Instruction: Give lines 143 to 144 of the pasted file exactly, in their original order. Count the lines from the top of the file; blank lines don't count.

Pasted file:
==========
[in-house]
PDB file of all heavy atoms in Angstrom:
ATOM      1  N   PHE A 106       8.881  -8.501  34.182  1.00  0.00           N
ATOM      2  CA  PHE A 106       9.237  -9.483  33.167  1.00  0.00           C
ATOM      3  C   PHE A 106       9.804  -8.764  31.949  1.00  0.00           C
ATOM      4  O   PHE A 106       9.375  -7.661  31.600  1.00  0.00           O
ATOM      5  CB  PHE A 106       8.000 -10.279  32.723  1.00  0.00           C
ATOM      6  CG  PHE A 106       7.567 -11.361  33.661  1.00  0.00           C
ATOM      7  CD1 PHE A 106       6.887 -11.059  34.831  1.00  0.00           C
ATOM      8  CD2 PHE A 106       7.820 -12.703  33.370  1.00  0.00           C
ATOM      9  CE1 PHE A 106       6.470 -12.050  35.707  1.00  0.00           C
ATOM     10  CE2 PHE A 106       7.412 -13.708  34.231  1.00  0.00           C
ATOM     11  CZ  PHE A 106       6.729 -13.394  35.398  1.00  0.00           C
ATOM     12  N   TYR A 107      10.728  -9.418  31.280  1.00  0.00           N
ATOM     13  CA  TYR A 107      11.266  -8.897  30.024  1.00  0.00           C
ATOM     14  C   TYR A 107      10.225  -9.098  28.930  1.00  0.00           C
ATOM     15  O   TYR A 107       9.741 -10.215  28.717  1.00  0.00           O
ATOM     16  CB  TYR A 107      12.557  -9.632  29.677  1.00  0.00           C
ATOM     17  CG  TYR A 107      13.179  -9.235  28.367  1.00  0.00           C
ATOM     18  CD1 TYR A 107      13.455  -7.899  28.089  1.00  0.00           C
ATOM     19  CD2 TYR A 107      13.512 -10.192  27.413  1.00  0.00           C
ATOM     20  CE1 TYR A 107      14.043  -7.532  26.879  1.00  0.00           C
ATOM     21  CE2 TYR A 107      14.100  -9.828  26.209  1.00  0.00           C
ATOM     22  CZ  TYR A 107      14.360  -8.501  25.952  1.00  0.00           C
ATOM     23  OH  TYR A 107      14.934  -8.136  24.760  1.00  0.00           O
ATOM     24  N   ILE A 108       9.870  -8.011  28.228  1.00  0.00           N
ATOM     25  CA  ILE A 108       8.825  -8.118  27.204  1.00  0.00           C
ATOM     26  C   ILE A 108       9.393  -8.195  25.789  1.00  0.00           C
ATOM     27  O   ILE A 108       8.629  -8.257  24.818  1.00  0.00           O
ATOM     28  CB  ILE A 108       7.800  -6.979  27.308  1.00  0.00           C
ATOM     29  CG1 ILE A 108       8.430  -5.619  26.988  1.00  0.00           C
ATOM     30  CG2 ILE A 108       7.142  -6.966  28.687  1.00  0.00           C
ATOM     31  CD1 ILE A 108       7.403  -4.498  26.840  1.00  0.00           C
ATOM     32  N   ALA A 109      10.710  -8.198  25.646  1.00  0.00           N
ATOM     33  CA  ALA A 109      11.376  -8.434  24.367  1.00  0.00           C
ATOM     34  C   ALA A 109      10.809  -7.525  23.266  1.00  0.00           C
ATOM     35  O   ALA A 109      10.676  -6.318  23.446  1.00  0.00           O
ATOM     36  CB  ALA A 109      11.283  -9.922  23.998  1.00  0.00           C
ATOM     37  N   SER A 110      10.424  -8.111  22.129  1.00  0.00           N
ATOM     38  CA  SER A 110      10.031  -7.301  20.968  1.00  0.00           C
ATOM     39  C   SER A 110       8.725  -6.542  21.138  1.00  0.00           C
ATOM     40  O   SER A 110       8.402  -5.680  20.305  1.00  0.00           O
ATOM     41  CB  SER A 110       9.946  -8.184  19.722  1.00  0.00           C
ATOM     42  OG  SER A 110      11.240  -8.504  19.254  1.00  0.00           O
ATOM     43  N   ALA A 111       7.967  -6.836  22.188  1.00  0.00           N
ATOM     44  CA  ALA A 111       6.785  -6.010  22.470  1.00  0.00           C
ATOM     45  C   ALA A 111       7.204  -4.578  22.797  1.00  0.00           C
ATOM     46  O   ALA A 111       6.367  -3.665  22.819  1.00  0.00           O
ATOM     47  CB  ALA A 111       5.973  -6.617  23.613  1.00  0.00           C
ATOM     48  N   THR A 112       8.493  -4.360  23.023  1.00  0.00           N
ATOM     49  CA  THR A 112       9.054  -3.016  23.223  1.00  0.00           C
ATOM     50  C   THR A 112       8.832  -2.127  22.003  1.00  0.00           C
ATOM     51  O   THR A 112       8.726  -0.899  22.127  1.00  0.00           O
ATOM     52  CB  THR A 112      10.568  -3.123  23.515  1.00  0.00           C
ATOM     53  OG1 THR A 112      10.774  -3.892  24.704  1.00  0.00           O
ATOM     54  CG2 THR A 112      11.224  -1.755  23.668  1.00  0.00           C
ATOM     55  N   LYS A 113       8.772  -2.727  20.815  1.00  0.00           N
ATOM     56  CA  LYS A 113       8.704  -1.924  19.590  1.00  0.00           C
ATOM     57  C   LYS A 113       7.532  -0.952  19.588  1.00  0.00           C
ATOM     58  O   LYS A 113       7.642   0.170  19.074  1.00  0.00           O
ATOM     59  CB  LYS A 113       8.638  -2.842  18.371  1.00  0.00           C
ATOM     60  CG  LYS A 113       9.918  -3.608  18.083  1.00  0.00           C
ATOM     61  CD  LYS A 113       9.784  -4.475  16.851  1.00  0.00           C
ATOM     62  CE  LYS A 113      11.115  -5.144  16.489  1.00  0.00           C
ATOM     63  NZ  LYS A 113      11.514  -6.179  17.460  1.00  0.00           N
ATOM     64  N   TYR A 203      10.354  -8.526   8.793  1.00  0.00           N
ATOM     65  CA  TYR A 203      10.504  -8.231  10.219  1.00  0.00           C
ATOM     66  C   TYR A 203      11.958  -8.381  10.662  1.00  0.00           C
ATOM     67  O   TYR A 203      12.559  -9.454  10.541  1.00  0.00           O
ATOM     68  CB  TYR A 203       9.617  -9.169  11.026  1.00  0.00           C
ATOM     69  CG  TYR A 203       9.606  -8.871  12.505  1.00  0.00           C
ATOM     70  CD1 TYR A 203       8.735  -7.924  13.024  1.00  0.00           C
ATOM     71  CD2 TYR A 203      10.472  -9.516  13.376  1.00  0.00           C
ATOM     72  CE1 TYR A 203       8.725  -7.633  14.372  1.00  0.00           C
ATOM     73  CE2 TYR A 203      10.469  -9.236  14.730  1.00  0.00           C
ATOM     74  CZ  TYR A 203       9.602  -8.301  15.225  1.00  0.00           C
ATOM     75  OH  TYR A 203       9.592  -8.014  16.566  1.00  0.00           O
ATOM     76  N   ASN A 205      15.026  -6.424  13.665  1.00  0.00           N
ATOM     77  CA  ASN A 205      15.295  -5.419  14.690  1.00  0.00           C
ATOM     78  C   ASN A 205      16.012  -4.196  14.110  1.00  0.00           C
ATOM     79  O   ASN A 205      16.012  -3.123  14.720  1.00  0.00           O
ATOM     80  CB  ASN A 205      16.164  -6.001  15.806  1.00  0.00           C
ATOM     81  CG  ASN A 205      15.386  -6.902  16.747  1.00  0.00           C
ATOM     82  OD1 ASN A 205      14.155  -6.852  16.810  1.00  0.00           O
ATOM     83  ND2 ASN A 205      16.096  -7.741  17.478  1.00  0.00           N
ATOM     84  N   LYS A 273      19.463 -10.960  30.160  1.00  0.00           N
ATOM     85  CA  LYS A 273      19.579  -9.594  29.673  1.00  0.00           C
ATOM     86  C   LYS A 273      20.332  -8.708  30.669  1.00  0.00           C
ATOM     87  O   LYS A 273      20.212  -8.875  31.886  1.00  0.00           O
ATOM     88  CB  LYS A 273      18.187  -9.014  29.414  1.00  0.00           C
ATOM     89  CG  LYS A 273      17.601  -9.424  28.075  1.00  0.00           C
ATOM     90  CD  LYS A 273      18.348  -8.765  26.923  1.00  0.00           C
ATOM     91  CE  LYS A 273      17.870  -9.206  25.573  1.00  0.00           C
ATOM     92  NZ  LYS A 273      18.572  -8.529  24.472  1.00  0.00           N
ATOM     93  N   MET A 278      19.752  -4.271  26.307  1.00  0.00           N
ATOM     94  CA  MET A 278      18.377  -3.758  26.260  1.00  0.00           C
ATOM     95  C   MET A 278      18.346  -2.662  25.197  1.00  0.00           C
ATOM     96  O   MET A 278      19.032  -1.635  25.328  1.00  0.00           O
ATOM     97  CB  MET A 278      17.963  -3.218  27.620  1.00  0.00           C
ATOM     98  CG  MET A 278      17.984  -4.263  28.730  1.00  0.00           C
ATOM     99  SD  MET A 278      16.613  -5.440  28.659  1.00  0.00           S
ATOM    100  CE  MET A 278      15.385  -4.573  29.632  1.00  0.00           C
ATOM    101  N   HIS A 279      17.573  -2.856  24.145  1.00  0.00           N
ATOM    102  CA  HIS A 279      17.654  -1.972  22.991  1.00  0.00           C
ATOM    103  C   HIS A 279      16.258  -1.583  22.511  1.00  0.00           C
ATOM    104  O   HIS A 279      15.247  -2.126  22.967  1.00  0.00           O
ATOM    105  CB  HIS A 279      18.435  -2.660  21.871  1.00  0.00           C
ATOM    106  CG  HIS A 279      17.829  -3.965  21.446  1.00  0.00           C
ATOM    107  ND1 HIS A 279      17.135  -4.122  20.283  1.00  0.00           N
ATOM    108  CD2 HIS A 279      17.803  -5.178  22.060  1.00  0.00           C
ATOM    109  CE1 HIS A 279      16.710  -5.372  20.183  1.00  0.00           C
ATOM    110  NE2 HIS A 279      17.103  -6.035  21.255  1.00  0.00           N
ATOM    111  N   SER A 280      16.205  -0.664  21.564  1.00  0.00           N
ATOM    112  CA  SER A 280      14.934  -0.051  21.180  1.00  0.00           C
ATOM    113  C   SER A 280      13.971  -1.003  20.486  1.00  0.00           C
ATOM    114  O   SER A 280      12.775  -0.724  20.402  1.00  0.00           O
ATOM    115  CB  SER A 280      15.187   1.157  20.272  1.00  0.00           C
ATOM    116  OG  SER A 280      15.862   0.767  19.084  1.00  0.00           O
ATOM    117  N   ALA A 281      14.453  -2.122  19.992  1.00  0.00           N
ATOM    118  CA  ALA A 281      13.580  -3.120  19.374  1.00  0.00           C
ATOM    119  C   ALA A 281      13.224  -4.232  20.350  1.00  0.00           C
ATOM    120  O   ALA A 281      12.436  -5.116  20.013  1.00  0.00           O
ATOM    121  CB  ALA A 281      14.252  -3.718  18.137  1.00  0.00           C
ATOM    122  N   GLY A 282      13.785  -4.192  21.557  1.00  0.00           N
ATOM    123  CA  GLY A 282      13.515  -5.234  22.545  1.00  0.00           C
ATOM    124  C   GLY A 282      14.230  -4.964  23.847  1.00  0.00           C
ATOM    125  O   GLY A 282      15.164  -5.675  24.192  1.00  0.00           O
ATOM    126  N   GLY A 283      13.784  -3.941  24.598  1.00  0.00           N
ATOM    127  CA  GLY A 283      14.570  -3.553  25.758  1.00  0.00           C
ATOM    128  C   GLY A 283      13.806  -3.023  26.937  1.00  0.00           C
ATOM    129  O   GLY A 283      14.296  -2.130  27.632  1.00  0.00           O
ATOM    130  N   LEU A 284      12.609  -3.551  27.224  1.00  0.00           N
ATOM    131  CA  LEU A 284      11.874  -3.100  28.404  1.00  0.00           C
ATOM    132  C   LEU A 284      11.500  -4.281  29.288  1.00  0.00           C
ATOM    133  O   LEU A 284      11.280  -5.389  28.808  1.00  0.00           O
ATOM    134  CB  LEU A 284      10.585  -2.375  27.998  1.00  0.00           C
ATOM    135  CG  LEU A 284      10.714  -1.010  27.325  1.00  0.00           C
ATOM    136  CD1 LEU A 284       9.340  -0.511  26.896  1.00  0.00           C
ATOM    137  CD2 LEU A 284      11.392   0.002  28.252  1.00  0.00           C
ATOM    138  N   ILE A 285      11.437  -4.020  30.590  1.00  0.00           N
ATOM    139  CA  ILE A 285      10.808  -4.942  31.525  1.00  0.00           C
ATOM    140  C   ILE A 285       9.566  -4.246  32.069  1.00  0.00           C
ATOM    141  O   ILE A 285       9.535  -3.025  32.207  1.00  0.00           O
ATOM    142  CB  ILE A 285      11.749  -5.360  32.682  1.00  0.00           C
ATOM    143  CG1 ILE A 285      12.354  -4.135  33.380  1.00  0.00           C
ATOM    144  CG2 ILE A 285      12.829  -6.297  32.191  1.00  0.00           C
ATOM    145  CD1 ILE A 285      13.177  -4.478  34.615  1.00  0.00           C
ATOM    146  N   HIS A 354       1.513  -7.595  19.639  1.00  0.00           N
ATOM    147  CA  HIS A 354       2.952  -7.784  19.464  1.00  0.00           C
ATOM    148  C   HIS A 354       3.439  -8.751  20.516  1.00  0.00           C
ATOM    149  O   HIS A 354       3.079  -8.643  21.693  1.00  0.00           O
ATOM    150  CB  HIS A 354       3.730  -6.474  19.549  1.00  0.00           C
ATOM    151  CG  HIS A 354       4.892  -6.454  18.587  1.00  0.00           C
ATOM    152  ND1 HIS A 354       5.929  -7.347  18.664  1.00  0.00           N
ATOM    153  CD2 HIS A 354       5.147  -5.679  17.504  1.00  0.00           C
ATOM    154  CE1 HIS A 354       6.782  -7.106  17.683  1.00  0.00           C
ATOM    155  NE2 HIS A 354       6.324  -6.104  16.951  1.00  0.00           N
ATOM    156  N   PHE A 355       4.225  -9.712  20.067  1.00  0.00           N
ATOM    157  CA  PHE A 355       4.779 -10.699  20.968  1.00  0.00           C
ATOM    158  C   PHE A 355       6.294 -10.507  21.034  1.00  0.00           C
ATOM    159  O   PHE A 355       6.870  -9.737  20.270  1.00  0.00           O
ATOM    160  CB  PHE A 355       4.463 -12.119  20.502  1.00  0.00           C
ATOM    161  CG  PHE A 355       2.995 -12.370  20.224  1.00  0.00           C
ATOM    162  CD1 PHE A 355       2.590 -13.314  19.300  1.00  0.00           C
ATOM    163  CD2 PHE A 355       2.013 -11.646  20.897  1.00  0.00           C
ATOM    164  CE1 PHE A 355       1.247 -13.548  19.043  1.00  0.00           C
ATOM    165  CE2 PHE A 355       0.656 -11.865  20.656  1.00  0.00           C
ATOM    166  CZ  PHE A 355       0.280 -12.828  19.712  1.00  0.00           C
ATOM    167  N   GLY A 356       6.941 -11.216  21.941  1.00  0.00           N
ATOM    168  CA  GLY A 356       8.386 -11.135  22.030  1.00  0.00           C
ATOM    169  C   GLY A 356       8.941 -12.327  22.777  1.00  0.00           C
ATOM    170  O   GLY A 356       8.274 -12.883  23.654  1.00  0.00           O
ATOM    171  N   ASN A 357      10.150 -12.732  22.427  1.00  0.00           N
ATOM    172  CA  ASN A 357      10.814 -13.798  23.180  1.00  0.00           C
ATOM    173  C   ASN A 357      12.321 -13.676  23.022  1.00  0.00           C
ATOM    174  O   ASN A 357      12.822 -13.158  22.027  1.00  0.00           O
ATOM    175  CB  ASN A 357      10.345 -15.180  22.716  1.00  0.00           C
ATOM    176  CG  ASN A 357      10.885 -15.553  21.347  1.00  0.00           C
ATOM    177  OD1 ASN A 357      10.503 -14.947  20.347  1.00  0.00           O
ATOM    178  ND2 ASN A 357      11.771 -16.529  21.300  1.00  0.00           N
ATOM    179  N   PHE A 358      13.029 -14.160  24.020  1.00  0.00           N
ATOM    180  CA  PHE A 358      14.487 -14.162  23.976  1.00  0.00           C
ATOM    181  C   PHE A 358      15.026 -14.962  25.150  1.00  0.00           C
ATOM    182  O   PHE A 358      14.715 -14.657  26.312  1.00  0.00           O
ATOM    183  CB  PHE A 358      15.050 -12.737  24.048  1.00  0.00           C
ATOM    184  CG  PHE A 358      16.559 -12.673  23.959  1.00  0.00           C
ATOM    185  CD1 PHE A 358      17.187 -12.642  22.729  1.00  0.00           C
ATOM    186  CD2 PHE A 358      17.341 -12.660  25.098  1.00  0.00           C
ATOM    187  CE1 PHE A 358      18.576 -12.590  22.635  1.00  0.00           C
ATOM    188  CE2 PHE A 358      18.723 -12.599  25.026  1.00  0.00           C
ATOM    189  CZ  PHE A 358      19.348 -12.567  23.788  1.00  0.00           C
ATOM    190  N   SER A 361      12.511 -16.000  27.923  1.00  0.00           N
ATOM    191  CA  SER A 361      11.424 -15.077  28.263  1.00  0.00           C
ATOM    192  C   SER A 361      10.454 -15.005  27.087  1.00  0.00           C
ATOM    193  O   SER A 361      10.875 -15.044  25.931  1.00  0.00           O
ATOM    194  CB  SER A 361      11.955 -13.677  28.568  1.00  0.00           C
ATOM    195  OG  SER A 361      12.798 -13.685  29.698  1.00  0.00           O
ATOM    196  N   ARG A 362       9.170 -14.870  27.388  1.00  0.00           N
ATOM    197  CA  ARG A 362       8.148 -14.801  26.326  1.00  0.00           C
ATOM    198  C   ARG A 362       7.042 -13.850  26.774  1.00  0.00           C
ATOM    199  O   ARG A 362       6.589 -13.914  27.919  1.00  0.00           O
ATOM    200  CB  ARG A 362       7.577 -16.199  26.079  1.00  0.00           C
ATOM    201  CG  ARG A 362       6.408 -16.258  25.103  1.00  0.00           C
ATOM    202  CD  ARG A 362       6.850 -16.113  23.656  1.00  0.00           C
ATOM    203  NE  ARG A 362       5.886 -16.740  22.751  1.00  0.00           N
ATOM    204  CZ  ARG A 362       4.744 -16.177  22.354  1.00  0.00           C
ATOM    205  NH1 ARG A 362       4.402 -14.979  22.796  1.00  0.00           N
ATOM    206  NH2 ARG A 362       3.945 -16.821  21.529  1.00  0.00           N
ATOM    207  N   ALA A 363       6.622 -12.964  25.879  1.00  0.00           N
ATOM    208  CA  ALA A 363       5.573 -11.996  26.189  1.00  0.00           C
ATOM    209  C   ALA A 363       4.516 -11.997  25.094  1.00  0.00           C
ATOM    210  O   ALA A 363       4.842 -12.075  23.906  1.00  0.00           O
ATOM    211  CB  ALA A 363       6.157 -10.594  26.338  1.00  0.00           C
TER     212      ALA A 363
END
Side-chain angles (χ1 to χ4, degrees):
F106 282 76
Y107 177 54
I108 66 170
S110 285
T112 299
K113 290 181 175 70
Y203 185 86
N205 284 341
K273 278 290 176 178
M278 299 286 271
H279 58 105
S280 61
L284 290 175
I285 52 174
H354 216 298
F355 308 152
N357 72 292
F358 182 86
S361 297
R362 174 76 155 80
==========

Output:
ATOM    141  O   ILE A 285       9.535  -3.025  32.207  1.00  0.00           O
ATOM    142  CB  ILE A 285      11.749  -5.360  32.682  1.00  0.00           C